Canadian Anti-Spam Legislation and Implications for Trent University
On July 1st, 2014 the Canadian Ant-Spam Legislation (CASL) will come into force. CASL prohibits the sending of commercial electronic messages without the consent of the recipient. There are exemptions and exceptions to this legislation and there still remains a high level of confusion and complexity with this legislation as it applies to universities.
The Information Technology Department, the Secretariat, and Risk Management have been working hard to assess the impact of this legislation and have received some legal opinions to this effect. Based on this advice, we can report that the majority of university activity falls outside of the CASL legislation, but there is no “blanket” exemption when it comes to universities. To guide staff and faculty in ensuring that they comply with CASL, we have put together a decision flowchart that can be accessed here or through the following link:
We urge you to review this flowchart carefully to determine the actions that need to be taken, if any, when sending electronic messages.
To avoid being caught by CASL inadvertently, mixed messages whose content may relate to commercial and non-commercial activity should be avoided. If only a part of the message is considered to be of commercial activity, then the whole message would need to comply with the legislation.
Over the next number of months, we will be hosting a number of information sessions regarding mail management software and we urge you to attend if available. In the meantime, if you do need to send out a consent e-mail, we ask that you use some variation of the language as provided here or through the following link:
You can cut and paste this message into Outlook or Groupwise. Please ensure to keep source formatting.
In addition to the information provided in this announcement, we suggest that you access the following;
• Imagine Canada has prepared an Issue Alert that provides an update and clarifications on CASL, including two helpful FAQ documents.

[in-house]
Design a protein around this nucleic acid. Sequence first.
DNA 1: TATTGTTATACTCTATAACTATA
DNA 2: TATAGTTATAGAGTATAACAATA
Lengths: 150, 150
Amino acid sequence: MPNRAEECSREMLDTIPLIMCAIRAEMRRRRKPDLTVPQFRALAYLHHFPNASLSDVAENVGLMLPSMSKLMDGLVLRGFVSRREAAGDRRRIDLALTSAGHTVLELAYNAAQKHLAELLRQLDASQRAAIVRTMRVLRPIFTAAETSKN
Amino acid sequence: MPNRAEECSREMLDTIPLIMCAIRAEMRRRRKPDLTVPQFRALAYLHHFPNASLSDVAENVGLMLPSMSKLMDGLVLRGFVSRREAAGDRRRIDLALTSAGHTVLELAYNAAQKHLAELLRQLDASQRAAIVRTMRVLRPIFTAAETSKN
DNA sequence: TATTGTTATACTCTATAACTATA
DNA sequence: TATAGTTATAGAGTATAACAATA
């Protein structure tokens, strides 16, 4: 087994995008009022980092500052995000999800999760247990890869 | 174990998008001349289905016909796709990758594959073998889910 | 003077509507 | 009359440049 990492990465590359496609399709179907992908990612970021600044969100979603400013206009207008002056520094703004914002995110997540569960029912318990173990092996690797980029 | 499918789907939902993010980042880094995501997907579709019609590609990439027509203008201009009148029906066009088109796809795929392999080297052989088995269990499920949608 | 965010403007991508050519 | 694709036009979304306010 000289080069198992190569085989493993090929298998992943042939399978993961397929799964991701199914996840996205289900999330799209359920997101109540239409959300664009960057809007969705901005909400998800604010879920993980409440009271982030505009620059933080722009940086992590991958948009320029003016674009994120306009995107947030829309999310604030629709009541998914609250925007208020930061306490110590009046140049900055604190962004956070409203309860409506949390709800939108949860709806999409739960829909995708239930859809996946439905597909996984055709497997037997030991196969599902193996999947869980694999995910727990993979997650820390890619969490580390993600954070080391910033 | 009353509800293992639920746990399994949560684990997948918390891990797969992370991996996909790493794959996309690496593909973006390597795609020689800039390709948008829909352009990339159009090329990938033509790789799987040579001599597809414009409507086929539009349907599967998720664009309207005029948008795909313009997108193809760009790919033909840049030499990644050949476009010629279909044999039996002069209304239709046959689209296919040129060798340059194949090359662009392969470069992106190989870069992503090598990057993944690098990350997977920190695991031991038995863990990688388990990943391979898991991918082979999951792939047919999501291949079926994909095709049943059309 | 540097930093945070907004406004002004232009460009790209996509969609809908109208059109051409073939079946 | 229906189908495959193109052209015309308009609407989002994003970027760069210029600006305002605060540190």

• The Canadian Chamber of Commerce web site containsuseful CASL resources including FAQs, a guide entitled How to prepare for CASL, and a PowerPoint presentation explaining what organizations need to know about the law.
• The Government of Canada’s “Fight Spam” web site includes a number of resources such as a useful FAQ document and a February 2014 Industry Canada presentation that is intended to give a high level overview of what the Act applies to and what it requires, so that business and organizations may understand their new obligations.
• IT World Canada has published an answers to your CASL questions slide show that provides helpful information.
The penalty for non-compliance with CASL is a fine of up to $10 million for an organization for each violation, and $1 million for an individual for each violation. Officers, directors, agents (faculty and staff) can be held personally liable for their organization’s failure to comply with CASL.
We ask all departments, staff, and faculty communicating on behalf of the university to communicate any questions or concerns as follows;
- For questions related to whether your message can be considered a core activity, a commercial electronic message, or is exempt or for further guidance on consent and necessary message features, please contact Deb deBruijn at: firstname.lastname@example.org
- For technical questions related to the consent form, please contact Matt Keefer at: email@example.com